U.S. application Ser. No. 15/968,425 filed on May 1, 2018 which is incorporated by reference herein for all purposes, discloses an example tower structure configuration that can be used in connection with various embodiments of the invention. In the implementation shown, grow towers 50 may each consist of three extrusions which snap together to form one structure. As shown, the grow tower 50 may be a dual-sided hydroponic tower, where the tower body 103 includes a central wall 56 that defines a first tower cavity 54a and a second tower cavity 54b. FIG. 4B provides a perspective view of an exemplary dual-sided, multi-piece hydroponic grow tower 50 in which each front face plate 101 is hingeably coupled to the tower body 103. In FIG. 4B, each front face plate 101 is in the closed position. The cross-section of the tower cavities 54a, 54b may be in the range of 1.5 inches by 1.5 inches to 3 inches by 3 inches, where the term “tower cavity” refers to the region within the body of the tower and behind the tower face plate. The wall thickness of the grow towers 50 maybe within the range of 0.065 to 0.075 inches. A dual-sided hydroponic tower, such as that shown in FIGS. 4A and 4B, has two back-to-back cavities 54a and 54b, each preferably within the noted size range. In the configuration shown, the grow tower 50 may include (i) a first V-shaped groove 58a running along the length of a first side of the tower body 103, where the first V-shaped groove is centered between the first tower cavity and the second tower cavity; and (ii) a second V-shaped groove 58b running along the length of a second side of the tower body 103, where the second V-shaped groove is centered between the first tower cavity and the second tower cavity. The V-shaped grooves 58a, 58b may facilitate registration, alignment and/or feeding of the towers 50 by one or more of the stations in central processing system 30. U.S. application Ser. No. 15/968,425 discloses additional details regarding the construction and use of towers that may be used in embodiments of the invention. Another attribute of V-shaped grooves 58a, 58b is that they effectively narrow the central wall 56 to promote the flow of aqueous nutrient solution centrally where the plant's roots are located. Other implementations are possible. For example, a grow tower 50 may be formed as a unitary, single extrusion, where the material at the side walls flex to provide a hinge and allow the cavities to be opened for cleaning. U.S. application Ser. No. 16/577,322 filed on Sep. 20, 2019 which is incorporated by reference herein for all purposes, discloses an example grow tower 50 formed by a single extrusion.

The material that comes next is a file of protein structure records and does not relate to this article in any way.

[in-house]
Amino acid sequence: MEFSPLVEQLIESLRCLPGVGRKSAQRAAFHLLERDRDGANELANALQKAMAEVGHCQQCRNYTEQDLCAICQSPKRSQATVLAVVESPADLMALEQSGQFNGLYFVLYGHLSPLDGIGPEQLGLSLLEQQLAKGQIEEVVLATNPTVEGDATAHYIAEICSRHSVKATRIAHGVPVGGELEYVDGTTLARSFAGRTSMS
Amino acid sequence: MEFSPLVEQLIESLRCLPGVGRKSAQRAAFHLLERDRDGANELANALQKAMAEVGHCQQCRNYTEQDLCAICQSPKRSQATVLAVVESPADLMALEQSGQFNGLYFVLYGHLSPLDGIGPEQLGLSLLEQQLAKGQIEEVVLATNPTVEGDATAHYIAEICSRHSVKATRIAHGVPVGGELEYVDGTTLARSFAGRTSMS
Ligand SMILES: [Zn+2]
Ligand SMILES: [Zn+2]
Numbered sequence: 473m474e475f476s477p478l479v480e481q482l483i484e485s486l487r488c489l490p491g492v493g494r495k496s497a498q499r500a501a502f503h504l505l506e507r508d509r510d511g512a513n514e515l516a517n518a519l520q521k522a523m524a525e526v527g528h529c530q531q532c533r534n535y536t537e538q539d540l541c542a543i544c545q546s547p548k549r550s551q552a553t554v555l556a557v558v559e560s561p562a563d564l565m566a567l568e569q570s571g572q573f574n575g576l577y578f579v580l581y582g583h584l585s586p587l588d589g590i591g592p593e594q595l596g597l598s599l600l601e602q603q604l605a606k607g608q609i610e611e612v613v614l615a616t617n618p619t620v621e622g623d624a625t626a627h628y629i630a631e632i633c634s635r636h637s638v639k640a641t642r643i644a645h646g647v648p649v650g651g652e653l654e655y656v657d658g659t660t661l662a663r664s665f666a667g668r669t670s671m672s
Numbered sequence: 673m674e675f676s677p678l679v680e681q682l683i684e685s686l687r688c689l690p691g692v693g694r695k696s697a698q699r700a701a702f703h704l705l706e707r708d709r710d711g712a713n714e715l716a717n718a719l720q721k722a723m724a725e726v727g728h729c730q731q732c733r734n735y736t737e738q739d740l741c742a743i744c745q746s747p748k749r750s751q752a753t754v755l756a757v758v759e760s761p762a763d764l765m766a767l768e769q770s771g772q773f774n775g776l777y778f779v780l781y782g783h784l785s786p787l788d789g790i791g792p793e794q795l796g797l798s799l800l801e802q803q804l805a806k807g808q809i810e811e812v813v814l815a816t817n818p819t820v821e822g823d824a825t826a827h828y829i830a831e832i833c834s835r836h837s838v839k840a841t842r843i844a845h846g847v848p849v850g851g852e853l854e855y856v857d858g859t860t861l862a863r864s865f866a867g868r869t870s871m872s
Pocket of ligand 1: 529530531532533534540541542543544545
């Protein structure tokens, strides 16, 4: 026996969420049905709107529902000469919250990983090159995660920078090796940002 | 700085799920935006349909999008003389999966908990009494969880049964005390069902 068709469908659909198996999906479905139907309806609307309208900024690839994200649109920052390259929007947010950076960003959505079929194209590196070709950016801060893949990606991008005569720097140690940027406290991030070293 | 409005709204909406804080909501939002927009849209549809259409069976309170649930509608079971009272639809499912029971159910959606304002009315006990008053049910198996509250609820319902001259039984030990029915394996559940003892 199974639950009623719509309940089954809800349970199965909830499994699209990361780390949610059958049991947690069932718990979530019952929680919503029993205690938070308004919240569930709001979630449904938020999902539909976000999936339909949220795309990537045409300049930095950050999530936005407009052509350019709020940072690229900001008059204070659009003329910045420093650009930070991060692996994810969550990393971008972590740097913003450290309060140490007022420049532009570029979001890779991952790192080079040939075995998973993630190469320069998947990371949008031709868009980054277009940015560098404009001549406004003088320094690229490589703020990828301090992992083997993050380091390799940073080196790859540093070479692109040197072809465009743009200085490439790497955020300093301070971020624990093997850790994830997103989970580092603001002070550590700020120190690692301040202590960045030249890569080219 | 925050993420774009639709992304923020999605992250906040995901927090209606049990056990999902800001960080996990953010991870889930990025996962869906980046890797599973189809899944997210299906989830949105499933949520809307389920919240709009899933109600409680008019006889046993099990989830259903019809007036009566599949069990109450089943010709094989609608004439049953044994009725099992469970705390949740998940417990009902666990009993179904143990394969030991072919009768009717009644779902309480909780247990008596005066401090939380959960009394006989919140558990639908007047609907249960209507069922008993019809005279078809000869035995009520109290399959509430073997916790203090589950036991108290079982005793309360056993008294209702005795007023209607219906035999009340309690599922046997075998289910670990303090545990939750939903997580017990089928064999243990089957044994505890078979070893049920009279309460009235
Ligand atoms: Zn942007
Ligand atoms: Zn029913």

As FIGS. 4C and 4D illustrate, grow towers 50 may each include a plurality of cut-outs 105 for use with a compatible plug holder 158, such as the plug holder disclosed in any one of co-assigned and co-pending U.S. patent application Ser. Nos. 15/910,308, 15/910,445 and 15/910,796, each filed on 2 Mar. 2018, the disclosures of which is incorporated herein for any and all purposes. As shown, the plug holders 158 may be oriented at a 45-degree angle relative to the front face plate 101 and the vertical axis of the grow tower 50. It should be understood, however, that tower design disclosed in the present application is not limited to use with this particular plug holder or orientation, rather, the towers disclosed herein may be used with any suitably sized and/or oriented plug holder. As such, cut-outs 105 are only meant to illustrate, not limit, the present tower design and it should be understood that the present invention is equally applicable to towers with other cut-out designs. Plug Holder 158 may be ultrasonically welded, bonded, or otherwise attached to tower face 101.